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As the school year begins, there has never been a more important time to address pandemic learning loss. The fast-moving Delta variant and the increasing numbers of children hospitalized  mean that plans for the next academic year must be flexible and adaptive, as schools could be forced back into remote or hybrid learning.

Warning bells of Covid-related learning loss have already been rung, but it remains to be seen just how effective efforts to address the losses will be, and what we can do about them as we face another challenging, unstable school year that could further upend academic and social-emotional development.

The most effective methods to address so-called Covid slide rely on a concrete understanding of the pandemic’s impact on student learning. Early on, some researchers and education advocates calculated dire predictions of learning loss, but over time others have used actual student achievement data collected during the pandemic to complement those projections.

Still, a gap remains in understanding just how much loss has occurred and which student groups have been most impacted by the pandemic. Researchers from McKinsey and Amplify have specifically highlighted the effect that the pandemic and school closures have had on minority students and minority-dominant schools, especially Black and Hispanic groups.

To address this gap in understanding, we compiled the findings from robust studies from North America and Europe on the extent of Covid learning loss and used that data to calculate just how real and far-reaching that loss has been. Typically, these studies revealed changes in academic achievement between fall 2019, prior to the start of the Covid-19 pandemic, and fall 2020, after students had experienced some remote learning, the length of which depended on the policies and practices of specific countries and school systems. We excluded early studies that simply attempted to predict Covid slide.

Our analysis of studies from North America and Europe confirms that the pandemic had the most serious impact on U.S. students, particularly those in grades K-2, who lost 0.10 more years of learning than upper-grade students.

Our analysis of these studies confirmed that the pandemic had the most serious impact on students in grades K-2, who lost 0.10 more years of learning than upper-grade students.

Students in these early grades depend on both teacher guidance and situational learning; missing out on in-person classroom learning opportunities could have long-lasting effects.

The results from our analysis also pointed to more adverse effects for U.S. students than for many of their European counterparts: They’ve lost twice as much as international students, perhaps due to longer periods of school closures in the U.S.

Overall, according to our calculations, mathematics skills have suffered the most, though students across all grades experienced setbacks in both reading and math. On average, students lost 0.13 more years of math skills than reading skills, roughly another 1.5 months of learning.

This is concerning, given the importance of basic math skills for future learning and life opportunities.

The initial research we reviewed demonstrates an urgent need for states and school districts to address learning loss through remedial education programs. Research Professor Robert Balfanz recently urged schools to implement a combination of guidance for high school students, early warning systems to track students at risk for dropping out and school partnerships with groups like AmeriCorps as a means of getting students back on track.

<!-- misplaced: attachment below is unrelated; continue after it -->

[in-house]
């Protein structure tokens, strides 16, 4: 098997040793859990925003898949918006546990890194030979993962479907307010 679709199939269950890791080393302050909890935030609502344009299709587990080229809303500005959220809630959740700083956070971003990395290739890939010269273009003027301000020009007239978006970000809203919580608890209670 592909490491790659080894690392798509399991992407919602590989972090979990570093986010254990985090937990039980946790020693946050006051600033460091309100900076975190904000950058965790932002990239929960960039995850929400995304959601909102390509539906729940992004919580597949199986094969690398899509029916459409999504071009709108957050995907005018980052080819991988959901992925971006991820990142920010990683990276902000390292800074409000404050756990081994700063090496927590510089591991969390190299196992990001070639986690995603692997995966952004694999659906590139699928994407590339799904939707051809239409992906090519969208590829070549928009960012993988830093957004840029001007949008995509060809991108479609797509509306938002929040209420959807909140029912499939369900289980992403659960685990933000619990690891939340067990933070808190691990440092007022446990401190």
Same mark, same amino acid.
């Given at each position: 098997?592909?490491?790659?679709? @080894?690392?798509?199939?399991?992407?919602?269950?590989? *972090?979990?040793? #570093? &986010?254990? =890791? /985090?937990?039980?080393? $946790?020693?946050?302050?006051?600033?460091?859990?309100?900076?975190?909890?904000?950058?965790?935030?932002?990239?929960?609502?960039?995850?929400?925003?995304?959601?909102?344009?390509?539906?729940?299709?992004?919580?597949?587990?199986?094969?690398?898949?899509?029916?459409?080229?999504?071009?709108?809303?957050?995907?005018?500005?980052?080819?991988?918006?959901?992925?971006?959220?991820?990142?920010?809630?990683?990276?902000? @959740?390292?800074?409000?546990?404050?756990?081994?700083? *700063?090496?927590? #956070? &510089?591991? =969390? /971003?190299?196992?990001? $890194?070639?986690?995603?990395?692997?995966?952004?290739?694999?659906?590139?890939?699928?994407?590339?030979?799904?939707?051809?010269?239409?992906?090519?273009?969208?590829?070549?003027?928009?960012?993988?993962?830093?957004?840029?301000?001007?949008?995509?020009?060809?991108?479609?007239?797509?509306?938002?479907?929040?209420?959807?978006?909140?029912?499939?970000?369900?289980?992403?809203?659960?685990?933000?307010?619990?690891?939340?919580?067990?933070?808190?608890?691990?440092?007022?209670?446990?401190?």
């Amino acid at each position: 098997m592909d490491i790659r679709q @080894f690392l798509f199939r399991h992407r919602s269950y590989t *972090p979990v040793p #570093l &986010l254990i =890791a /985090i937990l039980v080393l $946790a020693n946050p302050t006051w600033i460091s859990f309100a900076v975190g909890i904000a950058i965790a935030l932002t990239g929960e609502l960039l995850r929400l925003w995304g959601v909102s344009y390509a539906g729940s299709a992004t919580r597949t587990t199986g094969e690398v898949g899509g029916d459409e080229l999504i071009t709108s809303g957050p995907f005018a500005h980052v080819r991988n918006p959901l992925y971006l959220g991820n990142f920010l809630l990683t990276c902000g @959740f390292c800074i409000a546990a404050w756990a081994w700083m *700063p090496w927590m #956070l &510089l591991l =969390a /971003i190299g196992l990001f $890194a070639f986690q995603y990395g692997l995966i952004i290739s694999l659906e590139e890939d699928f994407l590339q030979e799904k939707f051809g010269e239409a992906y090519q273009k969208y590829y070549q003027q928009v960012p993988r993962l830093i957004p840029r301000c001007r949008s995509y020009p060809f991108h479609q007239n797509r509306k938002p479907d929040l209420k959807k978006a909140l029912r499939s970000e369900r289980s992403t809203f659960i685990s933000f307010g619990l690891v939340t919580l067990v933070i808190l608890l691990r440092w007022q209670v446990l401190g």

Related: 5 ways schools hope to fight Covid-19 learning loss

Tutoring remains one of the strongest proven means of supporting student learning, education research and reform expert Robert Slavin argued, and has been effective in small-group and one-on-one programs. While Balfanz’s policies target older students, there is a growing body of evidence pointing to the benefits of tutoring for all ages.

To support schools in finding the tutoring programs most likely to have a positive impact on students, Slavin and his colleagues compiled a list of evidence-based, proven programs that states and districts can adapt.

Though our review focused on academic outcomes, specific attention and support must also be directed toward the social-emotional health of students, teachers and staff.

The pandemic has caused students trauma, anxiety and stress, through the deaths of loved ones and acquaintances, forced changes in lifestyle and the absence of school-based services and interactions.

Only through a combination of strategies, such as those mentioned above, can we support students to regain learning loss.

Due to the Delta variant’s spread, we are already seeing schools close in rural California, Kentucky and Georgia. Therefore, it is vital that all interventions targeting young students be built with adaptability in mind. This will enable school systems, teachers, students and families to continue teaching and learning should more schools be forced to close and return to remote lessons.

The young students most harmed by the pandemic deserve nothing less than our best efforts.

Nathan Storey and Qiyang Zhang are researchers with the Center for Research and Reform in Education (CRRE) and Ph.D. students at Johns Hopkins University School of Education. Their research focuses on the intersection of education and public health, elementary reading and science and international education, as well as meta-analyses and systematic reviews.

This story about Covid learning loss was produced by The Hechinger Report, a nonprofit, independent news organization focused on inequality and innovation in education. Sign up for Hechinger’s newsletter.

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